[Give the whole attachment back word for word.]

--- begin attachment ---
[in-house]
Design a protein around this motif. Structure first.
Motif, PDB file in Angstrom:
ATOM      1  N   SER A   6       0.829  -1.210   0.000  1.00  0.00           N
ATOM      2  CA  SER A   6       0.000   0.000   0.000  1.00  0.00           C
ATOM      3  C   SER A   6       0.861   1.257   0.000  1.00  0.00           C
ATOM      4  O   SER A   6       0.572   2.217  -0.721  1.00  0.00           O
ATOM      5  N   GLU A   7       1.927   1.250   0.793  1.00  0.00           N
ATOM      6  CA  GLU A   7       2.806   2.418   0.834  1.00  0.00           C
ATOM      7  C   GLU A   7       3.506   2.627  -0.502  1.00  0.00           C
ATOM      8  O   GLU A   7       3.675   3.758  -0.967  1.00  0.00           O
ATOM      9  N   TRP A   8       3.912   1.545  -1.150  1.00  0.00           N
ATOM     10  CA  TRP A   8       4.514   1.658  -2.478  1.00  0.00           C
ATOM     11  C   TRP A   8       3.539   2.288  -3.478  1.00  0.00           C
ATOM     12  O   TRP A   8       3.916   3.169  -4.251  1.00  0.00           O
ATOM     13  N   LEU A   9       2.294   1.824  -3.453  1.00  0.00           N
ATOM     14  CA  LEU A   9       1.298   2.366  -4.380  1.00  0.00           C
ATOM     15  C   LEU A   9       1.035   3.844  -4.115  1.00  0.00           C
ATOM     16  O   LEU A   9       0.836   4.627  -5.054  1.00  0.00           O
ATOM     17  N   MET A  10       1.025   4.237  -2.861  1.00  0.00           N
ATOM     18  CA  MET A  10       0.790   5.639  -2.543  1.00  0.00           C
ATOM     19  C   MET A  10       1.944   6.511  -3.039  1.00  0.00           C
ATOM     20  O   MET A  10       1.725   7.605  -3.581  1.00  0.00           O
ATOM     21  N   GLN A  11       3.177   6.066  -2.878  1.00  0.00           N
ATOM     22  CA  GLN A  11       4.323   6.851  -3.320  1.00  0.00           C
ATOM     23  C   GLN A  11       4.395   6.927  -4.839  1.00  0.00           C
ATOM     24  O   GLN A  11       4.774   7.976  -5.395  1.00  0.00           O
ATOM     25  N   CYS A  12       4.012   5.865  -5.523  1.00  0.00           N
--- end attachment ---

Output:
[in-house]
Design a protein around this motif. Structure first.
Motif, PDB file in Angstrom:
ATOM      1  N   SER A   6       0.829  -1.210   0.000  1.00  0.00           N
ATOM      2  CA  SER A   6       0.000   0.000   0.000  1.00  0.00           C
ATOM      3  C   SER A   6       0.861   1.257   0.000  1.00  0.00           C
ATOM      4  O   SER A   6       0.572   2.217  -0.721  1.00  0.00           O
ATOM      5  N   GLU A   7       1.927   1.250   0.793  1.00  0.00           N
ATOM      6  CA  GLU A   7       2.806   2.418   0.834  1.00  0.00           C
ATOM      7  C   GLU A   7       3.506   2.627  -0.502  1.00  0.00           C
ATOM      8  O   GLU A   7       3.675   3.758  -0.967  1.00  0.00           O
ATOM      9  N   TRP A   8       3.912   1.545  -1.150  1.00  0.00           N
ATOM     10  CA  TRP A   8       4.514   1.658  -2.478  1.00  0.00           C
ATOM     11  C   TRP A   8       3.539   2.288  -3.478  1.00  0.00           C
ATOM     12  O   TRP A   8       3.916   3.169  -4.251  1.00  0.00           O
ATOM     13  N   LEU A   9       2.294   1.824  -3.453  1.00  0.00           N
ATOM     14  CA  LEU A   9       1.298   2.366  -4.380  1.00  0.00           C
ATOM     15  C   LEU A   9       1.035   3.844  -4.115  1.00  0.00           C
ATOM     16  O   LEU A   9       0.836   4.627  -5.054  1.00  0.00           O
ATOM     17  N   MET A  10       1.025   4.237  -2.861  1.00  0.00           N
ATOM     18  CA  MET A  10       0.790   5.639  -2.543  1.00  0.00           C
ATOM     19  C   MET A  10       1.944   6.511  -3.039  1.00  0.00           C
ATOM     20  O   MET A  10       1.725   7.605  -3.581  1.00  0.00           O
ATOM     21  N   GLN A  11       3.177   6.066  -2.878  1.00  0.00           N
ATOM     22  CA  GLN A  11       4.323   6.851  -3.320  1.00  0.00           C
ATOM     23  C   GLN A  11       4.395   6.927  -4.839  1.00  0.00           C
ATOM     24  O   GLN A  11       4.774   7.976  -5.395  1.00  0.00           O
ATOM     25  N   CYS A  12       4.012   5.865  -5.523  1.00  0.00           N